Top 5 OS Tweaks for Jetson Series Kits

1. Setup Passwordless SSH Access

Try to minimizing your typing and save your fingers some pain. You’ll be connecting a lot to SSH, so setup passwordless access from your client. If you haven’t already, generate your public/private key:

$ ssh-keygen
Generating public/private rsa key pair.
Enter file in which to save the key (/home/username/.ssh/id_rsa):
Enter passphrase (empty for no passphrase): (empty)
Enter same passphrase again: (empty)
Your identification has been saved in /home/username/.ssh/id_rsa.
Your public key has been saved in /home/username/.ssh/
The key fingerprint is:
SHA256:+GadNpFhcnbE1k2/eNQRBBfeRY1SnyvIjfrcmIVME0k simeon@burmese
The key's randomart image is:
+---[RSA 2048]----+
| E.++@B|
| ..= =.X|
| . =+.. +=|
| . =.+= o o|
| . S o* + + |
| . .+oo o |
| +.=o . |
| o .o.= |
| = . |

Then, copy your SSH key to the server:

$ ssh-copy-id <server_username>@<server_hostname>

After this, the next time you try to access the server, it will not prompt you for a password (except to unlock your private key, if you had a password on it):

$ ssh <server_username>@<server_hostname>
Welcome to Ubuntu 18.04.5 LTS (GNU/Linux 4.9.140-tegra aarch64)
* Documentation:
* Management:
* Support:
This system has been minimized by removing packages and content that are
not required on a system that users do not log into.
To restore this content, you can run the 'unminimize' command.0 packages can be updated.
0 updates are security updates.

2. Setup a System Monitor and Uncap the Performance

Setup a system monitor, jtop, to both monitor CPU/GPU/MEM and set the NVIDIA Performance Model, or nvpmodel:

$ sudo apt install python3 python3-pip
$ sudo pip3 install jetson-stats
$ jtop

If all goes well, you should see Jetson stats. Type 5 to go to the CTRL tab, and type s, e, and change the NVP model to 2 for 15W, 6 ARM cores. jetson_clocks and boot will allow for overclocking. Type 1 to go back to the summary screen for a lot of useful system information that’s accessible from command line.

2. Setup Tiger VNC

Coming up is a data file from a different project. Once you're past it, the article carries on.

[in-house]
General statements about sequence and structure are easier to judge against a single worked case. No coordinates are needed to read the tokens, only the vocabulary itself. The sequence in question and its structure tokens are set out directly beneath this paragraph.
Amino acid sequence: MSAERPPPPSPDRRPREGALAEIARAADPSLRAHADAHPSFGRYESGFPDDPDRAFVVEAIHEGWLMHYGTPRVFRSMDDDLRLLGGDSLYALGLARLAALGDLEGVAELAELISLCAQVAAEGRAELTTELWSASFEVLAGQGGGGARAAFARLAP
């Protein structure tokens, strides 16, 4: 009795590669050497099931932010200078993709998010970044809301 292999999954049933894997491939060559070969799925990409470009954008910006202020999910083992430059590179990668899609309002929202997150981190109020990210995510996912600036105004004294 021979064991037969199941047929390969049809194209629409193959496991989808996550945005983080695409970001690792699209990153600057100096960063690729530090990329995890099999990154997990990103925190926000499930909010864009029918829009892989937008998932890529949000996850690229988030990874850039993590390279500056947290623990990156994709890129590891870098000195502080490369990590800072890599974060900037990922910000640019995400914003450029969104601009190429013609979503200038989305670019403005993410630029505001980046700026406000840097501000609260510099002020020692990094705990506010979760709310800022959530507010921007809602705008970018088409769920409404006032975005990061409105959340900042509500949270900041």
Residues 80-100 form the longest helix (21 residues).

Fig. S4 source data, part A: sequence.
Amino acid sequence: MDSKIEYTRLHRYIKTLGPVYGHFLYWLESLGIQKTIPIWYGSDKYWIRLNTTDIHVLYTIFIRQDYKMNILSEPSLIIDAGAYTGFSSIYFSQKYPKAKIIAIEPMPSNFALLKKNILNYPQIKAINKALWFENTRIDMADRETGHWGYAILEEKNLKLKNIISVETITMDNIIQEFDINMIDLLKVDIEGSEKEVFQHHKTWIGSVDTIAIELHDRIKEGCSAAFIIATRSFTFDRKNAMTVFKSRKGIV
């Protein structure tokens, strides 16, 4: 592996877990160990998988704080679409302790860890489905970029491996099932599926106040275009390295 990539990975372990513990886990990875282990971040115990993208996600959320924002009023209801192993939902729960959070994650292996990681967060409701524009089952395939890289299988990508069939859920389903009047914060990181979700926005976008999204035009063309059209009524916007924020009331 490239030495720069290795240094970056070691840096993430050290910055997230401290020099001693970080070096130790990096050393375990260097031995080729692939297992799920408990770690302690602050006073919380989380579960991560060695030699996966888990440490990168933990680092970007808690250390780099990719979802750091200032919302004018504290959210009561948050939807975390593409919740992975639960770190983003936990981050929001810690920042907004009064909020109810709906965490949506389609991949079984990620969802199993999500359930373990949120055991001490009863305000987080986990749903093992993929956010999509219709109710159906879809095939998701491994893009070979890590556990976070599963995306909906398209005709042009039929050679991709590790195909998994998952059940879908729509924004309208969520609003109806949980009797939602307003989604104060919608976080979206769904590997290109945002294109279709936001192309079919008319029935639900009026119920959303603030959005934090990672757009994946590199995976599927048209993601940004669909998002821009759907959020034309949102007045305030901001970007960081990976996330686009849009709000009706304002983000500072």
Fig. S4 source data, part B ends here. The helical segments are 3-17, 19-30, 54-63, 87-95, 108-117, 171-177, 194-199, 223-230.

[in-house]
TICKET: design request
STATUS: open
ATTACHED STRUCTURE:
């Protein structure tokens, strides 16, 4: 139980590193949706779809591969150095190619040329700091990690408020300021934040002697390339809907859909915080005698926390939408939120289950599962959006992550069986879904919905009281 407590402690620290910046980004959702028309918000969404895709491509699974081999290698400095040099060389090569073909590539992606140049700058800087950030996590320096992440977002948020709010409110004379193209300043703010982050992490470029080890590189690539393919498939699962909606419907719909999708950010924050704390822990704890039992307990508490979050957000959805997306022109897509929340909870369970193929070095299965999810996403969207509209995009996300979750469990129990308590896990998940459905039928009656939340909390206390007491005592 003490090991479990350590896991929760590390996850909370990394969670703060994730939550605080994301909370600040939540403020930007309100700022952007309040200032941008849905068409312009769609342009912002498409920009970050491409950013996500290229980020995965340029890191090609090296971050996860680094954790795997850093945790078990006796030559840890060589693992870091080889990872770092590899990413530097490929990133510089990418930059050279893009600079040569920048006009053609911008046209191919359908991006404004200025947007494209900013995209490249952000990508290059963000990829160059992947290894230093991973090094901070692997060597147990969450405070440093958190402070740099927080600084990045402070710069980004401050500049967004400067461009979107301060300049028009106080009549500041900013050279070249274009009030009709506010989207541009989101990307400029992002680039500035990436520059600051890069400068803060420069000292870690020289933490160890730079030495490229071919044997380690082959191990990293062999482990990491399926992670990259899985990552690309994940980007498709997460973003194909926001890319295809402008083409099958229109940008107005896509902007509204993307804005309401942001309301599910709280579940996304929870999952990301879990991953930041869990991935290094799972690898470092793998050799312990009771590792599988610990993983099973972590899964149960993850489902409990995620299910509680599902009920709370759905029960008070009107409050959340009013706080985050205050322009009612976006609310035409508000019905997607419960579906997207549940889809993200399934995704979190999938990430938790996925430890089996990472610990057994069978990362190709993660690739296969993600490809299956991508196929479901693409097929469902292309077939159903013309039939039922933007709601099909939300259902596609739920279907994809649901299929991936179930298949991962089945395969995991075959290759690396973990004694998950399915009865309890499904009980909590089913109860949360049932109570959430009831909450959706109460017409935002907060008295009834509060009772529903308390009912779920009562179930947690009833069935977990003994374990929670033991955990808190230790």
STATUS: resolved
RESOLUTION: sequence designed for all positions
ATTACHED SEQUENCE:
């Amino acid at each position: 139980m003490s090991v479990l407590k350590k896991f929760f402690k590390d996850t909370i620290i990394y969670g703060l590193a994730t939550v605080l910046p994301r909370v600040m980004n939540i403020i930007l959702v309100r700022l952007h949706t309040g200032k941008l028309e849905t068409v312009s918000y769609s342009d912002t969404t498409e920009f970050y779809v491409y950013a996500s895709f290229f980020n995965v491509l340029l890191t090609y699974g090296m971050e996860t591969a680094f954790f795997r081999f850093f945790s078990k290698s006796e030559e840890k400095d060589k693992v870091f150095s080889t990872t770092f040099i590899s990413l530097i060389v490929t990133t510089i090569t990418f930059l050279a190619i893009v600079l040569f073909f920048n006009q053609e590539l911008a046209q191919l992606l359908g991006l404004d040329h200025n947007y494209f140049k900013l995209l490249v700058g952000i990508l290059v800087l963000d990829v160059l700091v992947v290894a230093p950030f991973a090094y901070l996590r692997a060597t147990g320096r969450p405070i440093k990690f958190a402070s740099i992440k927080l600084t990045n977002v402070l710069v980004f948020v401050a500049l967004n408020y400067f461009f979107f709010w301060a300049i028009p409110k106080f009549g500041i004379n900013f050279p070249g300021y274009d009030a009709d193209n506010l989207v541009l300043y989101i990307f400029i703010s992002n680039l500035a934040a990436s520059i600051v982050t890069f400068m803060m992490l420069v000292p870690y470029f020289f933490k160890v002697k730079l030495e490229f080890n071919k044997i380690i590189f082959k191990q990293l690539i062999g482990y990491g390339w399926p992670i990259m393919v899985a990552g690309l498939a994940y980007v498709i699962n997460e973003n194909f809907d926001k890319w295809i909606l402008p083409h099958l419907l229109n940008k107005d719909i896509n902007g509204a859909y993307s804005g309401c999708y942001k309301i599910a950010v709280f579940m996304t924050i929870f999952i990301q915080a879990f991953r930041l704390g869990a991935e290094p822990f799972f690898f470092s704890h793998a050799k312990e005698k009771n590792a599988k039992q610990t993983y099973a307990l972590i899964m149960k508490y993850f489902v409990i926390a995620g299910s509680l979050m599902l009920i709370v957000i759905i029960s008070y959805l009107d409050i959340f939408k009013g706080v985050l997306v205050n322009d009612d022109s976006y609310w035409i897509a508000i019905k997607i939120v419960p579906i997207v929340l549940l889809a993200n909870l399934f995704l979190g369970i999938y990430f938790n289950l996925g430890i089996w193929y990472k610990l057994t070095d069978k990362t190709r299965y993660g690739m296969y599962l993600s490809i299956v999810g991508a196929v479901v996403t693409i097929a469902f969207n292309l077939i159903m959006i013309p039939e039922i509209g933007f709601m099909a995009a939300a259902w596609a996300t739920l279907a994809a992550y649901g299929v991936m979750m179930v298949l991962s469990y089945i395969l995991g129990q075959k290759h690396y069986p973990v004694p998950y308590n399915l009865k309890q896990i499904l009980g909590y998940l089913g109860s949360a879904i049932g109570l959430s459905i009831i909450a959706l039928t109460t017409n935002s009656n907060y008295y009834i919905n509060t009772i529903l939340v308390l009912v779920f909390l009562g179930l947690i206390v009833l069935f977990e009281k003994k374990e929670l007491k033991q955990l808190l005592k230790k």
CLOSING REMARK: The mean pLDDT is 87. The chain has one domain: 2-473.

TigerVNC Logo

If an SSH terminal isn’t enough, and you need a remote desktop solution, look to TigerVNC. See my previous article on setting up TigerVNC and associated VNC viewer.

4. Save Your sudo Password When It’s Typed In

If you don’t like having to enter your sudo password so frequently, but don’t like the security risk of not having to enter your password at all, then you can set sudo to only ask for your password once… and never again for that session. Edit your suoders file with visudo:

$ sudo visudo

In the Defaults section of the file, change it to be:

Defaults        env_reset,timestamp_timeout=-1
Defaults passwd_timeout=0
  • timestamp_timeout=-1 will cause sudo to never ask for your password again in the current session after you’ve already entered it once.
  • passwd_timeout=0 will never timeout waiting for a sudo password.

5. Unattended Upgrades

To keep your box up to date with the latest security releases, enable Ubuntu’s unattended upgrades. First, install the package:

$ sudo apt-get install unattended-upgrades update-notifier-common
Enable Unattended Upgrades

Enable unattended upgrades by selecting “<Yes>” from the configuration prompt after running this command:

$ sudo dpkg-reconfigure --priority=low unattended-upgrades

This command will create /etc/apt/apt.conf.d/20auto-upgrades with the following contents:

APT::Periodic::Update-Package-Lists “1”;
APT::Periodic::Unattended-Upgrade “1”;

Here are a few notes regarding unattended upgrades:

  1. When the apt job starts, it will sleep for a random period between 0 and APT::Periodic::RandomSleep seconds. The default value is “1800” so that the script will stall for up to 30 minutes (1800 seconds) so that the mirror servers are not crushed by everyone running their updates all at the same time. Note that while the apt job is sleeping it will cause the execution of the rest of your cron.daily jobs to be delayed.
  2. If you want the script to automatically reboot when needed and log to syslog, make the following changes in /etc/apt/apt.conf.d/50unattended-upgrades:
// Automatically reboot *WITHOUT CONFIRMATION*
// if the file /var/run/reboot-required is found after the upgrade
Unattended-Upgrade::Automatic-Reboot "true";
// If automatic reboot is enabled and needed, reboot at the specific
// time instead of immediately
// Default: "now"
Unattended-Upgrade::Automatic-Reboot-Time "02:00";
// Enable logging to syslog. Default is False
Unattended-Upgrade::SyslogEnable "true";

Regarding JetPack, the unattended upgrades will also take care of upgrading Jetpack, including the next release JetPack 4.5 release in January 2021:

Starting with JetPack 4.4, upgrading to the next JetPack release can be achieved using a package management tool like apt.

JetPack 4.5, the next production release supporting all Jetson modules and developer kits will be released in Jan 2021.

Further Resources:



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